He knew not to bring it up. She'd just give him that look. The one where she tilted her head and directed her glance sideways at him. Then she'd say he was being ridiculous. And she'd use the tone that said "I've been so hopelessly patient but now you've finally pushed me too far, so just stop it." She wouldn't see the irony of using that tone every time. But mostly she just wouldn't believe enough to care, or care enough to believe. .

This was something. He just wasn't sure what. His body shouldn't work like this. Once could have been a fluke. But not twice. And if he couldn't talk to his wife about it, then who could he talk to?

Still soaked in sweat, he headed to the bedroom. He found her in a state of partial dress: hose and skirt on and make-up complete, but wearing only a bra. She was working from both ends toward the middle. Anyone who dressed so randomly would never understand. But he went ahead anyway.

"Beth, something's wrong."

That was all it took for the look. Or at least the mirror image of it. She was in front of the vanity and he behind her. Each saw only the reflection of the other.

"And what is it today?"

"It's not just today. It was Wednesday, too."

"What was today and Wednesday?"

"I'm sweating asymmetrically."

She slowly swung around to look at him. His shirt was almost completely covered in sweat and a large oval stained the front of his shorts. "You look pretty regular to me. Sweaty everywhere."

He looked down at his clothes. "That's because it spreads through the cloth. But check the floor under the stair machine. You'll see a big puddle on the left and almost nothing on the right. Come on, I'll show you."

The stair machine was in the second bedroom. The one they'd converted into an exercise room.

She stood up. But instead of going to see the evidence, she went over to the bed and picked up her blouse.

"You can at least come look at the floor before you dismiss me." After a slight pause he added, "Again."

"To see what? Puddles of your sweat. Why would I want to see that?"

"So you can see I'm telling the truth. It's not normal. I've always had the same amount drip down on both sides. But suddenly, it's almost all on the left."

"I believe you. Okay, George. I believe your sweat is -- what did you call it -- asymmetrical. Just like I believe that your one eye adjusts to the dark faster than the other and that your left foot points out while the right goes straight ahead. I believe you. I just don't care." She headed out of the bedroom. He followed.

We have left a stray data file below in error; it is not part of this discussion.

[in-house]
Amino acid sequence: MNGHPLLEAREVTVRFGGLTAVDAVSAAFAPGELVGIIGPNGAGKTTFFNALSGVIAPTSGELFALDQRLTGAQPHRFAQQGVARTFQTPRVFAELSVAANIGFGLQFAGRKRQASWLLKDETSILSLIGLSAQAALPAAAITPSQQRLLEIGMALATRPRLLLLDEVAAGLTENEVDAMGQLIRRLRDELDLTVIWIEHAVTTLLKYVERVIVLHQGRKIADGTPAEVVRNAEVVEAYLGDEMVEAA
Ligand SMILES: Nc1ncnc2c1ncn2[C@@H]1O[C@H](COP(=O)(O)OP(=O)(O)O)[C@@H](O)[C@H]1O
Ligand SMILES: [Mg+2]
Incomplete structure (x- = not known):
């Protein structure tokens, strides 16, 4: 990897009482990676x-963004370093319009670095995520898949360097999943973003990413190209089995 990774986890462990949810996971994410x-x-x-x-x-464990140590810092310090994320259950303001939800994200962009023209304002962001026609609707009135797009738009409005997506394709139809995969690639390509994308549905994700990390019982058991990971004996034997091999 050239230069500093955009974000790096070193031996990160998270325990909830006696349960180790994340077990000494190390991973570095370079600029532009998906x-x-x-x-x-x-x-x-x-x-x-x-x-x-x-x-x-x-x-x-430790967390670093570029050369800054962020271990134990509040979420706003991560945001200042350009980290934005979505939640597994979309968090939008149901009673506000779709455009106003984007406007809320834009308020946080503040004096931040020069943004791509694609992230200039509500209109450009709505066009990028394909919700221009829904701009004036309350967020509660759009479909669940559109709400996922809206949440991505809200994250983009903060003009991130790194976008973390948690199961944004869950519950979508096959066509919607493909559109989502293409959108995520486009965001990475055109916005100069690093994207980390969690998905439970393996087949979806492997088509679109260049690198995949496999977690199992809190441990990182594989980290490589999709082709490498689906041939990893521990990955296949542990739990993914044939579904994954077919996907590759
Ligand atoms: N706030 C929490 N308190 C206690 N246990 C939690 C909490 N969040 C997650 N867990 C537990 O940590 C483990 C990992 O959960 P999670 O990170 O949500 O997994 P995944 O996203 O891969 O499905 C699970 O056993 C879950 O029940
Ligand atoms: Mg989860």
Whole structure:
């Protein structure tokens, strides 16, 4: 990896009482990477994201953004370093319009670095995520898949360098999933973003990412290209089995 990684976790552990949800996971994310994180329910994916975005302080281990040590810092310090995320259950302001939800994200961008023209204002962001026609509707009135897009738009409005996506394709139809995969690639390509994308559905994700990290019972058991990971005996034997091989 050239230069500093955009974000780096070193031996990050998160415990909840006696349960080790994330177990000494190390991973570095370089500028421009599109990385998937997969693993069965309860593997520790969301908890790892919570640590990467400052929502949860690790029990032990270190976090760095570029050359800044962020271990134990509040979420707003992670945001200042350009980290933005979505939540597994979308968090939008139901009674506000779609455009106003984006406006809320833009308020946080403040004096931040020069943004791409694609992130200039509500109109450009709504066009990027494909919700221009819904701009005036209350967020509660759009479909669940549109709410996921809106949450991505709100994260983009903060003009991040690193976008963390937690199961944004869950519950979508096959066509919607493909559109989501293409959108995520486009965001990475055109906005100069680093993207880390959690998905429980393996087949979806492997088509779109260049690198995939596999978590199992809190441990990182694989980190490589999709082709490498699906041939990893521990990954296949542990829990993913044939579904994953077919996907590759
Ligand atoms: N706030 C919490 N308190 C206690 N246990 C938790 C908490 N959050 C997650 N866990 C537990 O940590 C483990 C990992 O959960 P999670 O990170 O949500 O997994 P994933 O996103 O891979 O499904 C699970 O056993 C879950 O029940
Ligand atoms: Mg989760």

"You can patronize me but you can't ignore facts," he said. His voice was louder now, his words chasing her.

She stopped in the kitchen and turned to face him. "I will not have this conversation. You won't let me laugh, and I can't take it seriously."

"God, don't you see. It's right in front of your eyes. It's what's wrong with us. Because of me."

"George, I have to go to work."

"It's why you aren't attracted to me. Why we don't have any kids. Do you know what makes people attractive? Symmetry. Left and right sides matching. Studies prove it. But my left and right are at war. It's why you had to look elsewhere."

This last, he knew, was unfair. Yet another violation of a promise he couldn't keep. But it worked.

She stopped and turned. "Fine, George. I'll go look at your sweat." She headed back past him. He followed slowly, losing ground. She was already at the stair machine, looking at the floor, when he got to the door.

"You're right. It's wetter on the left. Can I go now?"

"Go. Sure. What else would you want to do?"

"I suppose if I was totally nuts, I'd want to stay here and discuss your sweat. But I'm not nuts, George. And you didn't used to be, either." She tried to leave the room, but he was in the doorway. She would have to brush by him, and couldn't do that without her clothes rubbing against his sweat-soaked shirt. He made no effort to move.

"I know I'm onto something, Beth. But you've never taken me seriously. You used to think I had these cute idiosyncrasies. Now you think I'm delusional. It's just two sides of the same coin. It never occurred to you I might be right."

"Well, it took you all of a minute to go from everything being your fault to laying it all on me. Why don't you go take a shower. I'm sure the water will hit you nice and evenly. Then dry both sides and get dressed. I'm going to work." She didn't wait for him to move; just pushed past. A streak of his sweat stained the right sleeve of her blouse.

George stood in the bedroom doorway, listening to her footsteps moving away, hearing the front door open and shut. Without thinking, he took his wedding band off, as he did hundreds of times before. It was a habit: slide the ring on and off, alternating left and right ring fingers. He began to slide it up the right finger but it stuck on the knuckle, forcing him out of his reverie. He looked down, slid the ring easily onto his left hand and then tried again on the right. The ring still stuck at the knuckle. He bolted down the stairs to the front door, getting outside just as the car was backing out of the drive. "Beth, stop, there's something else."

About the author:

David Johnson has no history as a writer, having taken to the task as his advancing middle-age threatened to overtake his fundamental immaturity. This is the first piece of his fiction that anyone has deemed worthy of publication, for which he gives his heartfelt thanks to the editors.